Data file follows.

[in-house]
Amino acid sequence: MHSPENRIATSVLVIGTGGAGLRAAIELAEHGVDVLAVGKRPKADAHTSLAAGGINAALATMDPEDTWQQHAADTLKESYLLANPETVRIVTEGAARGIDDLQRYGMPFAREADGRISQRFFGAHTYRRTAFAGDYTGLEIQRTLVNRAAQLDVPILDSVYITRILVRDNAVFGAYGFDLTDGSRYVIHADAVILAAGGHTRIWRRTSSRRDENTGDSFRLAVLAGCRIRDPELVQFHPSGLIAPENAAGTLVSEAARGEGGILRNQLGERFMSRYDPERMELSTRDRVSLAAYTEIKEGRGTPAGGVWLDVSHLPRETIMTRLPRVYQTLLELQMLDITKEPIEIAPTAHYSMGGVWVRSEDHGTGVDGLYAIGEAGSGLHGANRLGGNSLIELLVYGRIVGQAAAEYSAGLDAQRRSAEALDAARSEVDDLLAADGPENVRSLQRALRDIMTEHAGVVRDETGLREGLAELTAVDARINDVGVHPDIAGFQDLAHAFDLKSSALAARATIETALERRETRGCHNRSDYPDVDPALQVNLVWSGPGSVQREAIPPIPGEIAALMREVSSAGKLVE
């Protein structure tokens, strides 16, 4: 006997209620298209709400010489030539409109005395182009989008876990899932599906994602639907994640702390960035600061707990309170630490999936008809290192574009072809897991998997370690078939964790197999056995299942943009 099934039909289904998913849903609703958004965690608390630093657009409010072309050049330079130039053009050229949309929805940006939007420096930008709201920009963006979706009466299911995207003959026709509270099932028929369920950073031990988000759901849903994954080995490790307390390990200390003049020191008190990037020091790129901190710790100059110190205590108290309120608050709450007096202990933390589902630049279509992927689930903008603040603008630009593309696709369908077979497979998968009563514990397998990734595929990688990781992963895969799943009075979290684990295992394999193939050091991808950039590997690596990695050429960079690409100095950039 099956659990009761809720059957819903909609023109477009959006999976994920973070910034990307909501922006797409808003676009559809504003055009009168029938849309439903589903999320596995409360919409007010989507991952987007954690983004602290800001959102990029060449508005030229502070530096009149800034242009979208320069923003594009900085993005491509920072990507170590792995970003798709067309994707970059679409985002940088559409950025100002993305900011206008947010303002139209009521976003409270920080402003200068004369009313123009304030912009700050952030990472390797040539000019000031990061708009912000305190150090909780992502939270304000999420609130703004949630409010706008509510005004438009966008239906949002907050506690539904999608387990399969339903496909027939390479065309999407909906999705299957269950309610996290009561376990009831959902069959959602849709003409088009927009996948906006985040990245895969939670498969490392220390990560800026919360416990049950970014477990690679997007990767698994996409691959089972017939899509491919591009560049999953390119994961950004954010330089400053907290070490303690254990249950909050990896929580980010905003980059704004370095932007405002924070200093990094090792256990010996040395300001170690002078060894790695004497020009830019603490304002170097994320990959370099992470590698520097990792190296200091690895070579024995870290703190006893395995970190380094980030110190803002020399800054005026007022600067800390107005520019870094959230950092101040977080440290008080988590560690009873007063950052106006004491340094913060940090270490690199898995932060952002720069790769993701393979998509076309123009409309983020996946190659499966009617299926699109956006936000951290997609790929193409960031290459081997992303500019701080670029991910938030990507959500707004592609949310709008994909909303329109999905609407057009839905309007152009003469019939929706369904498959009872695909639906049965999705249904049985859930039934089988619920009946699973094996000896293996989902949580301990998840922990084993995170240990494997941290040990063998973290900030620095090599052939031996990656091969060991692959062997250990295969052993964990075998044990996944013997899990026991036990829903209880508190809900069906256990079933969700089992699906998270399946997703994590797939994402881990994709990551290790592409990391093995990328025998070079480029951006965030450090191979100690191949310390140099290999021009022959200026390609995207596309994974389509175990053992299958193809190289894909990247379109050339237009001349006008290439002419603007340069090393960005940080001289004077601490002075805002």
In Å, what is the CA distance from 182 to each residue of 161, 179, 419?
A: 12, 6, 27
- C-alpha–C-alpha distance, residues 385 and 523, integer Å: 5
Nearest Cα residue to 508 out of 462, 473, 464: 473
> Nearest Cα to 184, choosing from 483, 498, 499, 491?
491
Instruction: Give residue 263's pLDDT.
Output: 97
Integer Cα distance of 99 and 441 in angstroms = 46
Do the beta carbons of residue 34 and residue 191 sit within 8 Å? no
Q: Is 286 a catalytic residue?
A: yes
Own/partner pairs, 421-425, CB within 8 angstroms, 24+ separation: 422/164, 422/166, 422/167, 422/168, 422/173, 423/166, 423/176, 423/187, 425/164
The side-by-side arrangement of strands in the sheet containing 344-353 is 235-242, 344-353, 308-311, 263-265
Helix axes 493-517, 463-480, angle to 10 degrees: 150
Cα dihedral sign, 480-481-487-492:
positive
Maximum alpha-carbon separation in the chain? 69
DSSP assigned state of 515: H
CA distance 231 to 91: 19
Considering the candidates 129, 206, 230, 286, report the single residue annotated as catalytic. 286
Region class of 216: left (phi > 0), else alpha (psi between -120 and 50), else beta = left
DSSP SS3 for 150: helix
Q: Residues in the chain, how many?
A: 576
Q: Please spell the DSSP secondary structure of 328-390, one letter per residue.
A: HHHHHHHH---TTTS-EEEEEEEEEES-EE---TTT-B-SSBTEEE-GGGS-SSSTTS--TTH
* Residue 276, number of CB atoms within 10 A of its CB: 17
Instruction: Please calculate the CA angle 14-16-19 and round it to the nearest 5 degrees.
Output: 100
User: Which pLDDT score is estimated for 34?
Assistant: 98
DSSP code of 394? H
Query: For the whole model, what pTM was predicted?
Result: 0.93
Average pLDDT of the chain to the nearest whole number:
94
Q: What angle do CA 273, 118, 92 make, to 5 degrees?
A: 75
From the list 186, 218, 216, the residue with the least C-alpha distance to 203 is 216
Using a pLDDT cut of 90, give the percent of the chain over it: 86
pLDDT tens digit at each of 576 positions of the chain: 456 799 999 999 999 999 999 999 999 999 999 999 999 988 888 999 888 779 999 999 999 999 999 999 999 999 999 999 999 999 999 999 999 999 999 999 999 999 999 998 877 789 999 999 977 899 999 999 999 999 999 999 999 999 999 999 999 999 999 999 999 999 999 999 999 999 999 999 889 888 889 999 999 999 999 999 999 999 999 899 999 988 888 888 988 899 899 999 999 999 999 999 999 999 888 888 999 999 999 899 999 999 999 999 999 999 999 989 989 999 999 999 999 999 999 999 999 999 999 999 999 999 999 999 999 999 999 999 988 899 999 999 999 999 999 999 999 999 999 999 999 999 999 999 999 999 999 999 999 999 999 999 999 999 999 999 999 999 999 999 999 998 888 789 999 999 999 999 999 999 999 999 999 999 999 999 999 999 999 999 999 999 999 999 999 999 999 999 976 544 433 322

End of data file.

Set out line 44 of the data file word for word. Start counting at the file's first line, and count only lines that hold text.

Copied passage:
Using a pLDDT cut of 90, give the percent of the chain over it: 86